Put the phone down and join reality


Jessica Adair

58 percent of teens have sent a text during class.

Jessica Adair, Staff Writer/Columnist

News flash: if you don’t look at your phone for five minutes, the world isn’t going to erupt into flames and the sky isn’t going to fall. Everyday I am bombarded with people who are constantly glued to their phones and it has got to stop.

I remember when I was in middle school and I had a friend who would have a huge birthday party every year. Immediately when we walked through the door to her house, her mom would take all of our cellphones and put them in a bucket until the end of the night. I miss those nights because I could talk to my friends without them tuning out to check their phones every time I started a sentence.

I can’t even begin to describe how annoying and insulting it is when you’re trying to talk to someone and they’re pretending to listen, but all they’re saying back is one-word answers because they are having a deep conversation with somebody who isn’t even physically there. The main reason why my parents didn’t want me to get a phone was because of that.

You should be focused on the people who are actually there with you and not the people who are sending you messages through the air. I don’t know what it is but there are some teens who literally hold on to their phone like it’s their life raft and if they let go, even for a second, they will drown.

Teens can’t even put away their phone when they go to bed, as 4 out of 5 teens sleep with their phone, according to a study done by the Pew Internet and American Life Project. Dr. Suzanne Phillips, a licensed psychologist and psychoanalyst, said that the main reason for this is that “teens feel the need to be available at all times. They sleep with their phone under their pillow case so they can help a friend at a moment’s notice.”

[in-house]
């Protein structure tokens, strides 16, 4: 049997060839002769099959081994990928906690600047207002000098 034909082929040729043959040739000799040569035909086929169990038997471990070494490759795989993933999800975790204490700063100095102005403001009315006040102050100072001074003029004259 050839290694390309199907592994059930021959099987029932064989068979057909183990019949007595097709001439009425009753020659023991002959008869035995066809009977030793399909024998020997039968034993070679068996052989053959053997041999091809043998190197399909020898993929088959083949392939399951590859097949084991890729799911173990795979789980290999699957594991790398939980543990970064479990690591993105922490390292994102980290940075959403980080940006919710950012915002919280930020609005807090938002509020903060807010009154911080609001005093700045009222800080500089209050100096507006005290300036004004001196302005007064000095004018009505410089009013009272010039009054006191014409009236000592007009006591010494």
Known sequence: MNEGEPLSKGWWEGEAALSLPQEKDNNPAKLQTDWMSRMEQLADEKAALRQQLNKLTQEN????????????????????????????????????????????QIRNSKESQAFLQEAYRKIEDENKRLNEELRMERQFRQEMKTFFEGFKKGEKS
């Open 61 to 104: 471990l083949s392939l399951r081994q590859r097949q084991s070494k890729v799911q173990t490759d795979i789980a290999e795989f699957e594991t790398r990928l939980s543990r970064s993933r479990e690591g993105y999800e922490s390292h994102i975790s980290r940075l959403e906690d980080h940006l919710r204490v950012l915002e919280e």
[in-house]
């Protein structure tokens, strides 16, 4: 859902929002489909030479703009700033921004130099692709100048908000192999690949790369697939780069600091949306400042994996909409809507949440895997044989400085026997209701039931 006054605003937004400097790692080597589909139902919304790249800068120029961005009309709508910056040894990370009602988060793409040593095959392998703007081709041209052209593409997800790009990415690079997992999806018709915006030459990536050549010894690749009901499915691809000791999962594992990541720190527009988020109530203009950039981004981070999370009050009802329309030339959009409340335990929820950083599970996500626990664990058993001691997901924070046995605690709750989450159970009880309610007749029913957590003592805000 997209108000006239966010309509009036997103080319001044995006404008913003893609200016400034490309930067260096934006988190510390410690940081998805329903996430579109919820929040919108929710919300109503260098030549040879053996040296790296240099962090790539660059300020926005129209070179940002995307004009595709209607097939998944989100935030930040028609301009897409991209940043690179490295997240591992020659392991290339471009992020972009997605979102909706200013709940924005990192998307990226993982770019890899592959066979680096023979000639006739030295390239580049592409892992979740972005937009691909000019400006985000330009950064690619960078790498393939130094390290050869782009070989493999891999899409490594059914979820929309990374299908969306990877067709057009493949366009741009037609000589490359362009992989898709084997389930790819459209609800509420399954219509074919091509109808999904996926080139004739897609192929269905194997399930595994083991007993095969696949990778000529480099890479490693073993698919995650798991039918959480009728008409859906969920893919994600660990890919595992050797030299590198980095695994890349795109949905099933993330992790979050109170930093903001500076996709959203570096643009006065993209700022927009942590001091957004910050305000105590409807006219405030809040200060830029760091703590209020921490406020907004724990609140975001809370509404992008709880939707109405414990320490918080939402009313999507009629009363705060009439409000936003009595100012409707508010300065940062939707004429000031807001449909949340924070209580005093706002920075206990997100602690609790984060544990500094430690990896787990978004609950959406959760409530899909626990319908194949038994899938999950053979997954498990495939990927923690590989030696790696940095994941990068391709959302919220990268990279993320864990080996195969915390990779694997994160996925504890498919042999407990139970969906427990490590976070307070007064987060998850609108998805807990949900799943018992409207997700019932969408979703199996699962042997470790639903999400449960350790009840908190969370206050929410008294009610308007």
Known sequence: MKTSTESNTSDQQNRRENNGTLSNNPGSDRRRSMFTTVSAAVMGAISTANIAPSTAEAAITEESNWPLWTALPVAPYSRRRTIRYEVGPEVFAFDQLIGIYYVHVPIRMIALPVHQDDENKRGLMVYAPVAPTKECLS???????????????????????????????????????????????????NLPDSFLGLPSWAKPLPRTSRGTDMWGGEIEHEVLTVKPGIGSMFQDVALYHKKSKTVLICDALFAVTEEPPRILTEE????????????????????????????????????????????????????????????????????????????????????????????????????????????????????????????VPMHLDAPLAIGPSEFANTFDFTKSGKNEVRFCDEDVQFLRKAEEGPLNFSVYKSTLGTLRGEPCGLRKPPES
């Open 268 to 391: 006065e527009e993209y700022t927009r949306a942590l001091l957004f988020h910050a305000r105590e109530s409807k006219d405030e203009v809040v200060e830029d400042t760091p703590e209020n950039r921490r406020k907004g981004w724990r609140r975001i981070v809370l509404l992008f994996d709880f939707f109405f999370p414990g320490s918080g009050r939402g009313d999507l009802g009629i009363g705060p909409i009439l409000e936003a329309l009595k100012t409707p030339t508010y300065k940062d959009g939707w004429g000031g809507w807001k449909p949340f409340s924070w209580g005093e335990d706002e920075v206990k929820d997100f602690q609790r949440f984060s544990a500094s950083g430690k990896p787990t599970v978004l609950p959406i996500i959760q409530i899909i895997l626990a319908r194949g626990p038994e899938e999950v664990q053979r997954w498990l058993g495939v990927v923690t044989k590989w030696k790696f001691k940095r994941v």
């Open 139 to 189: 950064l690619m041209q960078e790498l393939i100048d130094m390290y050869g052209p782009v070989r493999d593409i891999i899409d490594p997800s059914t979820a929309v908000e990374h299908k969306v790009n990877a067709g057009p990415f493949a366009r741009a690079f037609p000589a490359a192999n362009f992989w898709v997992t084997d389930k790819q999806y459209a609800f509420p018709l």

While I admire the dedication to friendship, I’m just wondering- what’s your plan if you’re sleeping and a friend calls you in the middle of the night?  You’re asleep, in your pajamas, and miles away from the problem, how much can you really do? Unless it’s a life or death situation, it can wait until morning.

Another place where teens can’t seem to put the phone down is at school. I understand the need to send a quick text before class starts or even in the middle of class, but I don’t understand the need to use it the whole time. According to Pew, 58 percent of cell-owning teens have sent a text message during class. Not only is this a distraction to other students, but also a distraction from what is being taught in class. I don’t see how any student could absorb anything when they are just texting under the desk the whole period.

To those of you who are seriously addicted to your phones and can’t put them down for one second without getting anxiety about what you missed, I offer my deepest condolences. Every minute you spend texting is a minute you could have spent being present with those who are actually here, and that’s just the way it is.




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